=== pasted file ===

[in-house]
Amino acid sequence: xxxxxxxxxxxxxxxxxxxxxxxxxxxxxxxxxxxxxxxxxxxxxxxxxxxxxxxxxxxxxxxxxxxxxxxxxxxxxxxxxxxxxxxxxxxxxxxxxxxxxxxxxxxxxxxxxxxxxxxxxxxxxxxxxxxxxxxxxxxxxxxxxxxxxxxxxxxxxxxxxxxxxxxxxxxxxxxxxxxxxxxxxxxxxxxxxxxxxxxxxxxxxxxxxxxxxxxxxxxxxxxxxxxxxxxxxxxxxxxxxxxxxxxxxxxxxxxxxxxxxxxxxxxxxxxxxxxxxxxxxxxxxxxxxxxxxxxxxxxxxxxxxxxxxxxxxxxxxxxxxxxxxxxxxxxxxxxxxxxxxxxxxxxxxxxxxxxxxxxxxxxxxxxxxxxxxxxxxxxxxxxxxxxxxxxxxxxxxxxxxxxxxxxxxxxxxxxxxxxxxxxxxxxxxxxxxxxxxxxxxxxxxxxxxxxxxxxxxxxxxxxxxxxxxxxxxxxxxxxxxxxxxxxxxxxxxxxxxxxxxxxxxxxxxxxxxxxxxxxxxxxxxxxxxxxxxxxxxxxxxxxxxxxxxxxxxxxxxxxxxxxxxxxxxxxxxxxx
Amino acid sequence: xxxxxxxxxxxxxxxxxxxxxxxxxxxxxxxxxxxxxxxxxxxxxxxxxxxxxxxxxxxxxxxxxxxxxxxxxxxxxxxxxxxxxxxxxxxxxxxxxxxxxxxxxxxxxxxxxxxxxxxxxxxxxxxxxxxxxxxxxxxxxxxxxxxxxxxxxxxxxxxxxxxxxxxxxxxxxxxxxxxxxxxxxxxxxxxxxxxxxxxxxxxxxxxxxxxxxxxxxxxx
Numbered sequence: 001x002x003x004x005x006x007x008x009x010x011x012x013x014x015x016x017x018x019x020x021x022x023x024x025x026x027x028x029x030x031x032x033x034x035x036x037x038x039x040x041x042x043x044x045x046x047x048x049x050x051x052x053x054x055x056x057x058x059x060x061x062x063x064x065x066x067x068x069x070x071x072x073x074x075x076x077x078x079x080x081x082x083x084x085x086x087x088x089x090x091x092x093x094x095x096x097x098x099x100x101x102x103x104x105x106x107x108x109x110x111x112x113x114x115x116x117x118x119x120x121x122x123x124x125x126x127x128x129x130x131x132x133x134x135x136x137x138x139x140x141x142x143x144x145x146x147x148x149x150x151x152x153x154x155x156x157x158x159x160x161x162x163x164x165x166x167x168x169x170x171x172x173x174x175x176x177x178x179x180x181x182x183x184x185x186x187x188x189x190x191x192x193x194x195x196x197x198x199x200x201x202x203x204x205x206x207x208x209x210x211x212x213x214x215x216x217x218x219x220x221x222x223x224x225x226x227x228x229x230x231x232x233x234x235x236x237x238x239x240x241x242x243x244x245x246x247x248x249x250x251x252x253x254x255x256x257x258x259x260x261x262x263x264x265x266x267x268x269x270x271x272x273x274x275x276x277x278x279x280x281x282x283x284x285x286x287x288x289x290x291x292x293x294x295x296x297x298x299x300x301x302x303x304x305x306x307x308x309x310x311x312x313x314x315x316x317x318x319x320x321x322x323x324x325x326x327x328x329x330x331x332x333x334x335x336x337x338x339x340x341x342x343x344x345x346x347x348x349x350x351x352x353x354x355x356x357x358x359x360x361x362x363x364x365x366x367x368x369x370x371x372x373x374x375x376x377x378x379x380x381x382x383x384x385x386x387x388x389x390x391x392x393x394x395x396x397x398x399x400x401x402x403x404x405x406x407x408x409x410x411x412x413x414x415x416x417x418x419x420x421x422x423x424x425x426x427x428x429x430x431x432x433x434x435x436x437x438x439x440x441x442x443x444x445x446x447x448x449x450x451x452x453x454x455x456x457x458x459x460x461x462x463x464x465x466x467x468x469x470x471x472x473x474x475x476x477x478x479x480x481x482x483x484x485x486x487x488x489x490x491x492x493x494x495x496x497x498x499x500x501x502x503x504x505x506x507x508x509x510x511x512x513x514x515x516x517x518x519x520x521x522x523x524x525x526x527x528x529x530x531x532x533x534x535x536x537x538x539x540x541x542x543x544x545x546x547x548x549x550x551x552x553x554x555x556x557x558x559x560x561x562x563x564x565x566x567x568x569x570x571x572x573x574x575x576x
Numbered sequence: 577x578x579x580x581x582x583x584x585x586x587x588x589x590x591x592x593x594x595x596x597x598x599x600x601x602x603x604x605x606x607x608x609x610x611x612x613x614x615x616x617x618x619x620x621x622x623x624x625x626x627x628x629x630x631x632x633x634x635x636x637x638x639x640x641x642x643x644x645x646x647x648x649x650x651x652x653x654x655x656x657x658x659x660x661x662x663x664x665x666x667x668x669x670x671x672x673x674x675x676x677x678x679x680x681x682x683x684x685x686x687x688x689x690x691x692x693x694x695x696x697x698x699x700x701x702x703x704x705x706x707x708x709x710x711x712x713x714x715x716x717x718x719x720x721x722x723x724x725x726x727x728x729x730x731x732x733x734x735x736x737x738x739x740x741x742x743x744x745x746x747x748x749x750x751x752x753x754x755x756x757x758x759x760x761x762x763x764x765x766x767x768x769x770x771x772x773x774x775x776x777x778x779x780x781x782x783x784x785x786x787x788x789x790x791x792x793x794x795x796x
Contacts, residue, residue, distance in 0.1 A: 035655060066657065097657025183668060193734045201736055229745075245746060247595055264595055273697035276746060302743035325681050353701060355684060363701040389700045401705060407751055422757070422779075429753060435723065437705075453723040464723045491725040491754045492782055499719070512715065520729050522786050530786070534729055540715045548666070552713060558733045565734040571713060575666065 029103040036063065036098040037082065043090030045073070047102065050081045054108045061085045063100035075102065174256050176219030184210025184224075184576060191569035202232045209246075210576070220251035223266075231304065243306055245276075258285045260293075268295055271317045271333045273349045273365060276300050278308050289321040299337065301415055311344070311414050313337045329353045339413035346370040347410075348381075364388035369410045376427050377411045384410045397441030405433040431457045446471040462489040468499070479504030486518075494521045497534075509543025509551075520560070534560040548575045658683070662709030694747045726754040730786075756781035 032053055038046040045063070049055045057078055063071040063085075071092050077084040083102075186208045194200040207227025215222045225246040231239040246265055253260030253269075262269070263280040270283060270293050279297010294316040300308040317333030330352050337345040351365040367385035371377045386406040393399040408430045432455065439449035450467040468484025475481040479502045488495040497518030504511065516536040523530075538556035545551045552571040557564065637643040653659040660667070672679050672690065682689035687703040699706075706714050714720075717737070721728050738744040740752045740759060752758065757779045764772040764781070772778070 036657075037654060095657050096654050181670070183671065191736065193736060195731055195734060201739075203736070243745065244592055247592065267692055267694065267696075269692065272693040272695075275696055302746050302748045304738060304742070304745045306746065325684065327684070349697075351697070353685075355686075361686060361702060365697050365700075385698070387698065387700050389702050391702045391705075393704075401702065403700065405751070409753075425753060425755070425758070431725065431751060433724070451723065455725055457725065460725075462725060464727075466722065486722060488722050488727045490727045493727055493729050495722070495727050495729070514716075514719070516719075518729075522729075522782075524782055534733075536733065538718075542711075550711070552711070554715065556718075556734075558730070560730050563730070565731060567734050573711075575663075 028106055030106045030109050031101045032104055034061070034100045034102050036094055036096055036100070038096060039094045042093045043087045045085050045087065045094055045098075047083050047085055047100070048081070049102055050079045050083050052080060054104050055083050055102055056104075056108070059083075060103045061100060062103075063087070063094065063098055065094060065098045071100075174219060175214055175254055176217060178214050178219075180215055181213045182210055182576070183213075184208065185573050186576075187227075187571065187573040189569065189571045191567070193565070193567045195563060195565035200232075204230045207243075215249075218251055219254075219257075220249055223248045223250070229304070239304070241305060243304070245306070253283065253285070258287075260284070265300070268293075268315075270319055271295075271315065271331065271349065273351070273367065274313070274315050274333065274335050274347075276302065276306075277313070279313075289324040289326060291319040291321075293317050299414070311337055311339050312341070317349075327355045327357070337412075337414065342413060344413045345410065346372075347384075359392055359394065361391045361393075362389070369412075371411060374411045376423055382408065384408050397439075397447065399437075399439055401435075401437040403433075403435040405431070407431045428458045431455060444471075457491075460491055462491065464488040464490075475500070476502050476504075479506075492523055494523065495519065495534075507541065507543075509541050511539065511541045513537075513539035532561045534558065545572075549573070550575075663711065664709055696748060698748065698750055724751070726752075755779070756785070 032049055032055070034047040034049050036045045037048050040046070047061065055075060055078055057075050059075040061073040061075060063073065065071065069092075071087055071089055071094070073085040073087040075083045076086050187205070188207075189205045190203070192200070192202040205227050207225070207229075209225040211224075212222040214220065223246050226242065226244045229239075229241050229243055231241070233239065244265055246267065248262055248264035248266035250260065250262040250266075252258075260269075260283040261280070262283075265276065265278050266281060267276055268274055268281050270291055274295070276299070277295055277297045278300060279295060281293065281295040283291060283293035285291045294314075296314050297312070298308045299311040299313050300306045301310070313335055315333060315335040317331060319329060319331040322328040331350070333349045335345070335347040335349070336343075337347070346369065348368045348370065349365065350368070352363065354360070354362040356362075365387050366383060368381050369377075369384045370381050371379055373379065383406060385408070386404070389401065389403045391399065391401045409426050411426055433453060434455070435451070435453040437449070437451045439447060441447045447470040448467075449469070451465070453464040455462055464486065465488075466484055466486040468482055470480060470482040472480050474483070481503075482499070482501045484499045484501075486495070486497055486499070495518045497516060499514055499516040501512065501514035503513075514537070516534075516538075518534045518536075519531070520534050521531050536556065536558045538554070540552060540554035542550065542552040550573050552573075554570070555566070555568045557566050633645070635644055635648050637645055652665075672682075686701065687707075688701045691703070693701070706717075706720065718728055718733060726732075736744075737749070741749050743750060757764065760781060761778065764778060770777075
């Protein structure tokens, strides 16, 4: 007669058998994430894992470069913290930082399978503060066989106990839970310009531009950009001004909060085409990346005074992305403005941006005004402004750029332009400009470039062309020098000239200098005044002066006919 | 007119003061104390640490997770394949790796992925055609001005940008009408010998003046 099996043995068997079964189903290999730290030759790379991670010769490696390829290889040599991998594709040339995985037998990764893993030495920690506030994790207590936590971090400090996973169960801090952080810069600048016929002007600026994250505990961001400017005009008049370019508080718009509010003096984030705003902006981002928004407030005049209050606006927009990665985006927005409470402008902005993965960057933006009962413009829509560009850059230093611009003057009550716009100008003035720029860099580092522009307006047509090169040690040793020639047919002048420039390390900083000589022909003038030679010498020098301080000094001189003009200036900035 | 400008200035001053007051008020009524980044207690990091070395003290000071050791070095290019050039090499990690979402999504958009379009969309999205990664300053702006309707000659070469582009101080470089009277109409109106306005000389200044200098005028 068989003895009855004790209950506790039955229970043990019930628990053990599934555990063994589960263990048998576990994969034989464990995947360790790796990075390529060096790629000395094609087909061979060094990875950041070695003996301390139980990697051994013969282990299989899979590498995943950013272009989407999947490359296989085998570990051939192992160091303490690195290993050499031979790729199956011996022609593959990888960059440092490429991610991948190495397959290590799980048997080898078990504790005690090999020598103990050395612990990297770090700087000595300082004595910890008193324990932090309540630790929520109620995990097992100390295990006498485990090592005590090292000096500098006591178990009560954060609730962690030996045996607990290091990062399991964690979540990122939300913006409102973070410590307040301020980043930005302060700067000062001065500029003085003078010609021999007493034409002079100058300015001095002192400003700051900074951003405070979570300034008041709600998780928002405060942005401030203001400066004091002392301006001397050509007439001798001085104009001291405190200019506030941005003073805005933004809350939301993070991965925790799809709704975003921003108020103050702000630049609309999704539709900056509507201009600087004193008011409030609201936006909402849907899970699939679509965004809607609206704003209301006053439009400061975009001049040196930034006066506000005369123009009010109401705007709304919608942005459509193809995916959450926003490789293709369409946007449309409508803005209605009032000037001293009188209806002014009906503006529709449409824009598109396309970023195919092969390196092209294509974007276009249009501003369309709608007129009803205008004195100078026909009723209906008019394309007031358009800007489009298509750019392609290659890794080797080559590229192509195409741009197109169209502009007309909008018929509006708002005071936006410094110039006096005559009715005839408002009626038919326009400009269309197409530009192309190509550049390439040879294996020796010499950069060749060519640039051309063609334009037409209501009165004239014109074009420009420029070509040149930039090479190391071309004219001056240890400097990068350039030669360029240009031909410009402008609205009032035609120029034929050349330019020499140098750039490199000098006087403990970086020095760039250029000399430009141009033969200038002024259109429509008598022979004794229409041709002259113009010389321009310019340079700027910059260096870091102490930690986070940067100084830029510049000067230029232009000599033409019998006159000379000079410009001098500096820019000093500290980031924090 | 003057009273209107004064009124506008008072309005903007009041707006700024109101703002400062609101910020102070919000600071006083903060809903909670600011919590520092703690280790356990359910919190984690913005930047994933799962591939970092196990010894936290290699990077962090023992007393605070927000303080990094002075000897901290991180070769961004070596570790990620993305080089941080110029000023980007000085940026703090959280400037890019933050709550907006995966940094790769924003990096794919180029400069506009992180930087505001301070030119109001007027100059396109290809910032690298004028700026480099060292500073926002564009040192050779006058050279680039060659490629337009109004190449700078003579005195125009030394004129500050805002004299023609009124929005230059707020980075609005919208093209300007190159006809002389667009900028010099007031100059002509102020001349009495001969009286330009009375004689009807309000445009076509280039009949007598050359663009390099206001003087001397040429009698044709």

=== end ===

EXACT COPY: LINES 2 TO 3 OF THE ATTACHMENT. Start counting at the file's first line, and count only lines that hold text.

Amino acid sequence: xxxxxxxxxxxxxxxxxxxxxxxxxxxxxxxxxxxxxxxxxxxxxxxxxxxxxxxxxxxxxxxxxxxxxxxxxxxxxxxxxxxxxxxxxxxxxxxxxxxxxxxxxxxxxxxxxxxxxxxxxxxxxxxxxxxxxxxxxxxxxxxxxxxxxxxxxxxxxxxxxxxxxxxxxxxxxxxxxxxxxxxxxxxxxxxxxxxxxxxxxxxxxxxxxxxxxxxxxxxxxxxxxxxxxxxxxxxxxxxxxxxxxxxxxxxxxxxxxxxxxxxxxxxxxxxxxxxxxxxxxxxxxxxxxxxxxxxxxxxxxxxxxxxxxxxxxxxxxxxxxxxxxxxxxxxxxxxxxxxxxxxxxxxxxxxxxxxxxxxxxxxxxxxxxxxxxxxxxxxxxxxxxxxxxxxxxxxxxxxxxxxxxxxxxxxxxxxxxxxxxxxxxxxxxxxxxxxxxxxxxxxxxxxxxxxxxxxxxxxxxxxxxxxxxxxxxxxxxxxxxxxxxxxxxxxxxxxxxxxxxxxxxxxxxxxxxxxxxxxxxxxxxxxxxxxxxxxxxxxxxxxxxxxxxxxxxxxxxxxxxxxxxxxxxxxxxxxx
Amino acid sequence: xxxxxxxxxxxxxxxxxxxxxxxxxxxxxxxxxxxxxxxxxxxxxxxxxxxxxxxxxxxxxxxxxxxxxxxxxxxxxxxxxxxxxxxxxxxxxxxxxxxxxxxxxxxxxxxxxxxxxxxxxxxxxxxxxxxxxxxxxxxxxxxxxxxxxxxxxxxxxxxxxxxxxxxxxxxxxxxxxxxxxxxxxxxxxxxxxxxxxxxxxxxxxxxxxxxxxxxxxxxx